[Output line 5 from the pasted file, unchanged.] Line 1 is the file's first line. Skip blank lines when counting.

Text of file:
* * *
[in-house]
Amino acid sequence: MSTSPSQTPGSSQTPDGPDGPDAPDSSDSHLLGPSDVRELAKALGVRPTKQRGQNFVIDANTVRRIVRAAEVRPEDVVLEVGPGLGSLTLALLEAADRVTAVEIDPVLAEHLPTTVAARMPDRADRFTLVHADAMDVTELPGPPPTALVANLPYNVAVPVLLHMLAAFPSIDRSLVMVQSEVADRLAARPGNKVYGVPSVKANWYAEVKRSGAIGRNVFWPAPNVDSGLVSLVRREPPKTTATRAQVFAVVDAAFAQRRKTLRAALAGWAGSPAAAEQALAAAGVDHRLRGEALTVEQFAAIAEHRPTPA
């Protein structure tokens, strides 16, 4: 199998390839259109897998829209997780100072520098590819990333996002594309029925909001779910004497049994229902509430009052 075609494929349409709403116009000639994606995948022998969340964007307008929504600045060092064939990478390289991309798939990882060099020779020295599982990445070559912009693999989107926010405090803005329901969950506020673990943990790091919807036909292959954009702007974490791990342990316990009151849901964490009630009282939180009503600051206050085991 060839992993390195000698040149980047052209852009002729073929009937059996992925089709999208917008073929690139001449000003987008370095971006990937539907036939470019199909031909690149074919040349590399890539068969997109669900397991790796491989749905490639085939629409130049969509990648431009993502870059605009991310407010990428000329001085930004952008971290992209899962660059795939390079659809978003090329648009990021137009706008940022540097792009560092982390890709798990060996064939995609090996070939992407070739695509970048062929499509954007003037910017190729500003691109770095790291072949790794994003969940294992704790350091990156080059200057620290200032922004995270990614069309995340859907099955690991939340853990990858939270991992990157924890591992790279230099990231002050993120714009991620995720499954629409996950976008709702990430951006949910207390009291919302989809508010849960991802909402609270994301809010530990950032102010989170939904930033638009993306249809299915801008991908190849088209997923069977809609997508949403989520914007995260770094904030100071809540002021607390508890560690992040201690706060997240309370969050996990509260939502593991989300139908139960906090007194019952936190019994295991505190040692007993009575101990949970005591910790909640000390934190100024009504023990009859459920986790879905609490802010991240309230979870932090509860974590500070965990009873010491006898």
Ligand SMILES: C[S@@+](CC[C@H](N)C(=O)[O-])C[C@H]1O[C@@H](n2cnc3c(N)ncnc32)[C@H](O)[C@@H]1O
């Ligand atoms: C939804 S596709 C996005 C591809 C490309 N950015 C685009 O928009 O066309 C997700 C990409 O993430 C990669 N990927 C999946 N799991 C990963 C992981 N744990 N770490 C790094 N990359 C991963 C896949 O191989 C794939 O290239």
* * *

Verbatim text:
């Ligand atoms: C939804 S596709 C996005 C591809 C490309 N950015 C685009 O928009 O066309 C997700 C990409 O993430 C990669 N990927 C999946 N799991 C990963 C992981 N744990 N770490 C790094 N990359 C991963 C896949 O191989 C794939 O290239």